“That is saying that North Dakotan’s health and health care is determined by Texas,” Wakefield said. “I find that response incomprehensible. This is about North Dakota family health and health care and that any part of it should be decided in Texas, a 1,000 miles away by people who don’t know our families and communities, is an abdication of responsibility.”
Pomeroy, a former North Dakota Insurance Commissioner, and Wakefield, are attempting to inform the public about the benefits of the current healthcare system. They’re with the ad hoc group Dakotans for Health, and are focused on maintaining and improving provisions within the Affordable Care Act.
If the lawsuit is successful, all current health care benefits will be lost, and there are no provisions with which to replace the law.
“They’re suing to strike the law down and when the law is down there is no protection.” Pomeroy said.
Medicaid expansion would also be hit, Wakefield said. The ripple effect of striking down Obamacare would be felt in the cities and in the countryside. Rural hospital rely heavily on Medicaid expansion, and if hospitals have to absorb those costs, management will transfer the expenses on to their patients, and then everyone will face higher premiums, she said.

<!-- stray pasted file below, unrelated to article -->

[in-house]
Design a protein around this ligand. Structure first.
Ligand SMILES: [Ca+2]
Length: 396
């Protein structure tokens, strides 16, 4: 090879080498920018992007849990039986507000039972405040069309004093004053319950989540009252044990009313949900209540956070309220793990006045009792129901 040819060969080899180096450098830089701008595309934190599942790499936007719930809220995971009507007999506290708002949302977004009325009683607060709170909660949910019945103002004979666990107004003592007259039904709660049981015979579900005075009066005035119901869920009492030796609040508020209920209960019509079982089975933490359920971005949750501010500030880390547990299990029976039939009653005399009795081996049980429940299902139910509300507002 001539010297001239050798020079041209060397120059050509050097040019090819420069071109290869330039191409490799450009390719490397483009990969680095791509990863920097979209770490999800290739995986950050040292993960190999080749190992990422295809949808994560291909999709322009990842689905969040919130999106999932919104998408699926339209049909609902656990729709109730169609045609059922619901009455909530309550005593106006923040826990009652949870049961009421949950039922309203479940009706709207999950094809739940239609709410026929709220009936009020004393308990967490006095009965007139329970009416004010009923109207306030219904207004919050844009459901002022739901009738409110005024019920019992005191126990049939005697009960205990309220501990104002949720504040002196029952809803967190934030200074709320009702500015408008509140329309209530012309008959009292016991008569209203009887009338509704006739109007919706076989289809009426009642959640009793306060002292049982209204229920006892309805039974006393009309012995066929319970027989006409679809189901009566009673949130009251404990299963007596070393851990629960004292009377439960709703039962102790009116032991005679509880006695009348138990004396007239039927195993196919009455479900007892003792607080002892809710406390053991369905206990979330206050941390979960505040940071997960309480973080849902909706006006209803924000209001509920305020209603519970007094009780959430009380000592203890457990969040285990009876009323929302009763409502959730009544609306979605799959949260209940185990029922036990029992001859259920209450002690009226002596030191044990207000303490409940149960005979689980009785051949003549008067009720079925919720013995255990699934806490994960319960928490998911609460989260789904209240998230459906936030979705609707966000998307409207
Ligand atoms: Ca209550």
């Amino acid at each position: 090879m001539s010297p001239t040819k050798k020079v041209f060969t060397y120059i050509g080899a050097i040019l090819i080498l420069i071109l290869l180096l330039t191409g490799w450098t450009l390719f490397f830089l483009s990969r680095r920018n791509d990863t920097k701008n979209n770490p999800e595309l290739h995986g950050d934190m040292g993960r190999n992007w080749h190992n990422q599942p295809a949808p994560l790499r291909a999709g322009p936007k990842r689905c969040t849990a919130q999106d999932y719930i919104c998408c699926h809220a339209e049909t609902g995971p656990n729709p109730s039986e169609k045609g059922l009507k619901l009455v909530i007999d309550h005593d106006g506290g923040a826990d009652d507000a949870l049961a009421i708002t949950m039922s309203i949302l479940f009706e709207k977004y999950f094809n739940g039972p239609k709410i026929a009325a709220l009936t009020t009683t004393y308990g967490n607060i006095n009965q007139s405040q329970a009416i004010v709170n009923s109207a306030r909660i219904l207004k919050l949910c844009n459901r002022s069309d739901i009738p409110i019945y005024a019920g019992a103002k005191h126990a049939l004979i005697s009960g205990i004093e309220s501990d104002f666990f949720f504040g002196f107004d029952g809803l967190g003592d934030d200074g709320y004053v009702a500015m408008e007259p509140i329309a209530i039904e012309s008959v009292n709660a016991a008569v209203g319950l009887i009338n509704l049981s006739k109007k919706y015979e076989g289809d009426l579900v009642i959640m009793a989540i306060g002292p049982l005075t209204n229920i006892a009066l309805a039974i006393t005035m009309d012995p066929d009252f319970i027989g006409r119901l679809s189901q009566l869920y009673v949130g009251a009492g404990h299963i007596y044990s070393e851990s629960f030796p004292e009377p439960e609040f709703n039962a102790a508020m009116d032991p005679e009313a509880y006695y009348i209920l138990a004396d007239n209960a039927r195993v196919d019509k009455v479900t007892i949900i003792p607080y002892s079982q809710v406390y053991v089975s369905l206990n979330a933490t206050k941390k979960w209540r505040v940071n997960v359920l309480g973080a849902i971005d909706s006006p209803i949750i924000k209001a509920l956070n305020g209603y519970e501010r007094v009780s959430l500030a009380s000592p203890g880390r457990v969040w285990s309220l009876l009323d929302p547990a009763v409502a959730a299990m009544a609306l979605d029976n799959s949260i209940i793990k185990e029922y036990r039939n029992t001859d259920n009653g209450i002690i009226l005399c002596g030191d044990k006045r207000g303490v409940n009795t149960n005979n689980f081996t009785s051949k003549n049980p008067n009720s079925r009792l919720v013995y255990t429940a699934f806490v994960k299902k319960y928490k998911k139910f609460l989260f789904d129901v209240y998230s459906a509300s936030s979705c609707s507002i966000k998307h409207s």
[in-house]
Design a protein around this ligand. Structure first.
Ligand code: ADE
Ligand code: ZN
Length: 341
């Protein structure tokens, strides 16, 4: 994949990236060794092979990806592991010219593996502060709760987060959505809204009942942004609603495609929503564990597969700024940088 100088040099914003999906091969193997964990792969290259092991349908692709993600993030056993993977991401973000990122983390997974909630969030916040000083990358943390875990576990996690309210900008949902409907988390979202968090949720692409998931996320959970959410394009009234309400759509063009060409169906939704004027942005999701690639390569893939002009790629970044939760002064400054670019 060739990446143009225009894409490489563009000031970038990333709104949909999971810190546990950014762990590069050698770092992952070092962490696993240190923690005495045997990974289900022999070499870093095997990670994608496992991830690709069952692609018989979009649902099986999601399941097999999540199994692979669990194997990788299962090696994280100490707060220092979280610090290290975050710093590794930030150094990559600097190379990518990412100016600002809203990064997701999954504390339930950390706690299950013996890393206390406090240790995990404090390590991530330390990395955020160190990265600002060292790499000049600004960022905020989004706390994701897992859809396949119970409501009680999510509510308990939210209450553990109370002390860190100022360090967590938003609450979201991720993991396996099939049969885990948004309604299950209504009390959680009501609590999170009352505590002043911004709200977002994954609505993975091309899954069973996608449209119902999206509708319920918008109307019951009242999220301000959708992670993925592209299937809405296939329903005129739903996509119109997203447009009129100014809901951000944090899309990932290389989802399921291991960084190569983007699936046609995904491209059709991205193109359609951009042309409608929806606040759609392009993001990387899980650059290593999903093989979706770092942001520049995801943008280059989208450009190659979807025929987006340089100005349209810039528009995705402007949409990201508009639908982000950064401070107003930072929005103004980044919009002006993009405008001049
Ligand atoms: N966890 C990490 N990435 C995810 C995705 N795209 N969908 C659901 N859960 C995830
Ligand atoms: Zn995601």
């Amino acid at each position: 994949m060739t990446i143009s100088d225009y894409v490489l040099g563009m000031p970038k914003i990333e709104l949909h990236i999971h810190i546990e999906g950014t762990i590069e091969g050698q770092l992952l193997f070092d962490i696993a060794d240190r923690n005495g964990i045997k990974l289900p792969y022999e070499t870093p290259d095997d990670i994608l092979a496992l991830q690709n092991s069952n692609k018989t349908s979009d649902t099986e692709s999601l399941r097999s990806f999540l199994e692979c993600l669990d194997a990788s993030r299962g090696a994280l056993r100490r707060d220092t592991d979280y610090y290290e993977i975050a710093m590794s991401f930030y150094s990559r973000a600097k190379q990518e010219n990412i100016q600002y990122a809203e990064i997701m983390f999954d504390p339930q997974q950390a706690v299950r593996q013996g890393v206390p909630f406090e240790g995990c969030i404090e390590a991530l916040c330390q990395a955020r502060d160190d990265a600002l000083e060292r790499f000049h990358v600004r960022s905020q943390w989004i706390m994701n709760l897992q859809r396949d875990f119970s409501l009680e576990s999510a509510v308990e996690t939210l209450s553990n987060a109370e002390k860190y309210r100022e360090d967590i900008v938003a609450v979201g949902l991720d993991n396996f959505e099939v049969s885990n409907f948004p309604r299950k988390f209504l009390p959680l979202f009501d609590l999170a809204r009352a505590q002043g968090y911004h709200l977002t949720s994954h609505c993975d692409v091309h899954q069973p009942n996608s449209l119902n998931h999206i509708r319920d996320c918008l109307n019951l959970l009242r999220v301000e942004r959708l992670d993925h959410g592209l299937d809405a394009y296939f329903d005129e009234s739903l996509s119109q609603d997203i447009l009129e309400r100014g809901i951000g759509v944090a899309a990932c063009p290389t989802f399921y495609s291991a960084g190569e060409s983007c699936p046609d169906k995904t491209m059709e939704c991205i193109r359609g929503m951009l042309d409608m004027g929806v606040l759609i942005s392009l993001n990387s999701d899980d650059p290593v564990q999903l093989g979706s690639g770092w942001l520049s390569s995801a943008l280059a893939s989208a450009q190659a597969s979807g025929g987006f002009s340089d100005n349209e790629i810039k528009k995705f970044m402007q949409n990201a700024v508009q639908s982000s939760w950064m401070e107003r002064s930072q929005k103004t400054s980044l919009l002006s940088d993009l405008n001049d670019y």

“It has this effect that will just reverberate across the entire healthcare infrastructure and across the state as well,” Wakefield said. “This is not a Republican or Democrat issue, there are national organizations weighing in on this as well. They all see the devastation this will cause immediately if this lawsuit prevails. This is not a game, but people are playing at this like it is a game.”
Republicans claim they don’t want to eliminate pre-existing protections, but the U.S. Attorney General wrote to the Speaker of the House Paul Ryan on June 7, 2018 saying the statute and “All of its implementing regulations should be invalidated.”
“I think they’ve been extremely disingenuous, they put flat out misrepresentation,” Pomeroy said. “It doesn’t add up.”